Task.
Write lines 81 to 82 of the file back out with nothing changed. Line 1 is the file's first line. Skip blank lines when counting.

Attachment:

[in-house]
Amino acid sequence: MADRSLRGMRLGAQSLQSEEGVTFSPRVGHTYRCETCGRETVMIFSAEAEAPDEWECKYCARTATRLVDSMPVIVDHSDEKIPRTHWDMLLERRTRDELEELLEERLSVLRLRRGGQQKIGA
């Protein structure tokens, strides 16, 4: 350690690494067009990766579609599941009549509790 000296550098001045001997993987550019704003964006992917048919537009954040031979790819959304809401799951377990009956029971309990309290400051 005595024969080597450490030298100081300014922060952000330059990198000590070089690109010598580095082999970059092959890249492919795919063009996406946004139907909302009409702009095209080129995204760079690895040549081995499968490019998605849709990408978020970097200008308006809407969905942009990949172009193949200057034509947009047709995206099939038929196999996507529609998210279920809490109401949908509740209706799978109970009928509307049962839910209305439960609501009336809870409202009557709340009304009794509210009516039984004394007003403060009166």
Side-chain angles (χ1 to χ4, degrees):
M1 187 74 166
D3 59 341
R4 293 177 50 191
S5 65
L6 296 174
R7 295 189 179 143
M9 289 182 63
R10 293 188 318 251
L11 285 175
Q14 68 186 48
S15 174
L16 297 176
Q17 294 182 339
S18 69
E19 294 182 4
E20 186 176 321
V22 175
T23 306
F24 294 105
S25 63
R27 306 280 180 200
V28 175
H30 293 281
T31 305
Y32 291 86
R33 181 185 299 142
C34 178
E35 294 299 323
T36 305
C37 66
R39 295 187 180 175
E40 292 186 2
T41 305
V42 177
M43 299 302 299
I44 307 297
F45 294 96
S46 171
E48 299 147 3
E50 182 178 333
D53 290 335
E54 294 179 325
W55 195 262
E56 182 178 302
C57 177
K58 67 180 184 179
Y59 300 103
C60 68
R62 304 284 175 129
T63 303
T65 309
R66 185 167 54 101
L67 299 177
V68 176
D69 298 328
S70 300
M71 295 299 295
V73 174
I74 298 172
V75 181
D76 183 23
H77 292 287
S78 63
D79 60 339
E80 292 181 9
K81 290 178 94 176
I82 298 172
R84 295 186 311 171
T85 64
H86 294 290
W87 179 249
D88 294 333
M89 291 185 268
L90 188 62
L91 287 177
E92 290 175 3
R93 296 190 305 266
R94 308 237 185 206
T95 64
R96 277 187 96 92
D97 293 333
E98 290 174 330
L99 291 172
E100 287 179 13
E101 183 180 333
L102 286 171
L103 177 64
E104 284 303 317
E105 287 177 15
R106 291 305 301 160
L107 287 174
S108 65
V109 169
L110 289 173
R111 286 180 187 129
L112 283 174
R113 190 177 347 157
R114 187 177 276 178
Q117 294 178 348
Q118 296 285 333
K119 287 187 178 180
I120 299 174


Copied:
R93 296 190 305 266
R94 308 237 185 206